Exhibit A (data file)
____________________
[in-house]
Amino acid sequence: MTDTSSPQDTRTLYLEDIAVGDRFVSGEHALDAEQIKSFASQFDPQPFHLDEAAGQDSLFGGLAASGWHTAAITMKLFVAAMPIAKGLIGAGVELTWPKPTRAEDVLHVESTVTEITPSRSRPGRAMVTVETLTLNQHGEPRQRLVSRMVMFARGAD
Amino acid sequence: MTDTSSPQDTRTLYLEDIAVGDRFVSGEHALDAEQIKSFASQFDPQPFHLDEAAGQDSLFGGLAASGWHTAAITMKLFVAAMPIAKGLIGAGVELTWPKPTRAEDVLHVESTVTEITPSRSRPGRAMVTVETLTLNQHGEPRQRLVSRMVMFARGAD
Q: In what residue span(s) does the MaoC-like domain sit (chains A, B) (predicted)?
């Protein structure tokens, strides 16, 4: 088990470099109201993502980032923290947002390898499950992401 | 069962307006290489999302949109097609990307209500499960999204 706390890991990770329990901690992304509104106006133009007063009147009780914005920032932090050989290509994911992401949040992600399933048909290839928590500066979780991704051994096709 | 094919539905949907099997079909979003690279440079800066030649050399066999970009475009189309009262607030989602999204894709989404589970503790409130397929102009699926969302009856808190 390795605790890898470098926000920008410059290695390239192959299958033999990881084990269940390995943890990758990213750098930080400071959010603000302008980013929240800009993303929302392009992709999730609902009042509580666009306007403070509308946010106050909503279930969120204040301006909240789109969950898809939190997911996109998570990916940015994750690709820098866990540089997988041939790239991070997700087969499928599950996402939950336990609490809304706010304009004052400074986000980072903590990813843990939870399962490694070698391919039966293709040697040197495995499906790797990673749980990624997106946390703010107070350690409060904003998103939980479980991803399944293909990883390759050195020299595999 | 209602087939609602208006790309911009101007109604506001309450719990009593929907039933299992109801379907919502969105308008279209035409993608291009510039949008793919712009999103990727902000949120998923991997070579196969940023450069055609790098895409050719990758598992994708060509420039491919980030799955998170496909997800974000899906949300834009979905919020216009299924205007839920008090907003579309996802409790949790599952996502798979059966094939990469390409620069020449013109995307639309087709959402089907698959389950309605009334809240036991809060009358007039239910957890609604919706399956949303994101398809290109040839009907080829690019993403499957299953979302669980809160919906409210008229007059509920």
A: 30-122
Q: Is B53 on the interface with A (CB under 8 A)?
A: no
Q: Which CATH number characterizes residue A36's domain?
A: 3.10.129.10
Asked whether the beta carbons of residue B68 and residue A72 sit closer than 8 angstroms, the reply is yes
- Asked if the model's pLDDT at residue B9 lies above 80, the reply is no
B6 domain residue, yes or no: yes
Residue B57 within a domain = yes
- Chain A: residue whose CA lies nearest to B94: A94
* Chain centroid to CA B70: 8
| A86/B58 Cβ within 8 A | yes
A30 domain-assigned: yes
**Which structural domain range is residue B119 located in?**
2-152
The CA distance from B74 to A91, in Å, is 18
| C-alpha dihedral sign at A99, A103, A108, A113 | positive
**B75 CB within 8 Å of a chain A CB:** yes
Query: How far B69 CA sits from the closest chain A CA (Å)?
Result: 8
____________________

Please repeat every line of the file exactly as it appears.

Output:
[in-house]
Amino acid sequence: MTDTSSPQDTRTLYLEDIAVGDRFVSGEHALDAEQIKSFASQFDPQPFHLDEAAGQDSLFGGLAASGWHTAAITMKLFVAAMPIAKGLIGAGVELTWPKPTRAEDVLHVESTVTEITPSRSRPGRAMVTVETLTLNQHGEPRQRLVSRMVMFARGAD
Amino acid sequence: MTDTSSPQDTRTLYLEDIAVGDRFVSGEHALDAEQIKSFASQFDPQPFHLDEAAGQDSLFGGLAASGWHTAAITMKLFVAAMPIAKGLIGAGVELTWPKPTRAEDVLHVESTVTEITPSRSRPGRAMVTVETLTLNQHGEPRQRLVSRMVMFARGAD
Q: In what residue span(s) does the MaoC-like domain sit (chains A, B) (predicted)?
């Protein structure tokens, strides 16, 4: 088990470099109201993502980032923290947002390898499950992401 | 069962307006290489999302949109097609990307209500499960999204 706390890991990770329990901690992304509104106006133009007063009147009780914005920032932090050989290509994911992401949040992600399933048909290839928590500066979780991704051994096709 | 094919539905949907099997079909979003690279440079800066030649050399066999970009475009189309009262607030989602999204894709989404589970503790409130397929102009699926969302009856808190 390795605790890898470098926000920008410059290695390239192959299958033999990881084990269940390995943890990758990213750098930080400071959010603000302008980013929240800009993303929302392009992709999730609902009042509580666009306007403070509308946010106050909503279930969120204040301006909240789109969950898809939190997911996109998570990916940015994750690709820098866990540089997988041939790239991070997700087969499928599950996402939950336990609490809304706010304009004052400074986000980072903590990813843990939870399962490694070698391919039966293709040697040197495995499906790797990673749980990624997106946390703010107070350690409060904003998103939980479980991803399944293909990883390759050195020299595999 | 209602087939609602208006790309911009101007109604506001309450719990009593929907039933299992109801379907919502969105308008279209035409993608291009510039949008793919712009999103990727902000949120998923991997070579196969940023450069055609790098895409050719990758598992994708060509420039491919980030799955998170496909997800974000899906949300834009979905919020216009299924205007839920008090907003579309996802409790949790599952996502798979059966094939990469390409620069020449013109995307639309087709959402089907698959389950309605009334809240036991809060009358007039239910957890609604919706399956949303994101398809290109040839009907080829690019993403499957299953979302669980809160919906409210008229007059509920």
A: 30-122
Q: Is B53 on the interface with A (CB under 8 A)?
A: no
Q: Which CATH number characterizes residue A36's domain?
A: 3.10.129.10
Asked whether the beta carbons of residue B68 and residue A72 sit closer than 8 angstroms, the reply is yes
- Asked if the model's pLDDT at residue B9 lies above 80, the reply is no
B6 domain residue, yes or no: yes
Residue B57 within a domain = yes
- Chain A: residue whose CA lies nearest to B94: A94
* Chain centroid to CA B70: 8
| A86/B58 Cβ within 8 A | yes
A30 domain-assigned: yes
**Which structural domain range is residue B119 located in?**
2-152
The CA distance from B74 to A91, in Å, is 18
| C-alpha dihedral sign at A99, A103, A108, A113 | positive
**B75 CB within 8 Å of a chain A CB:** yes
Query: How far B69 CA sits from the closest chain A CA (Å)?
Result: 8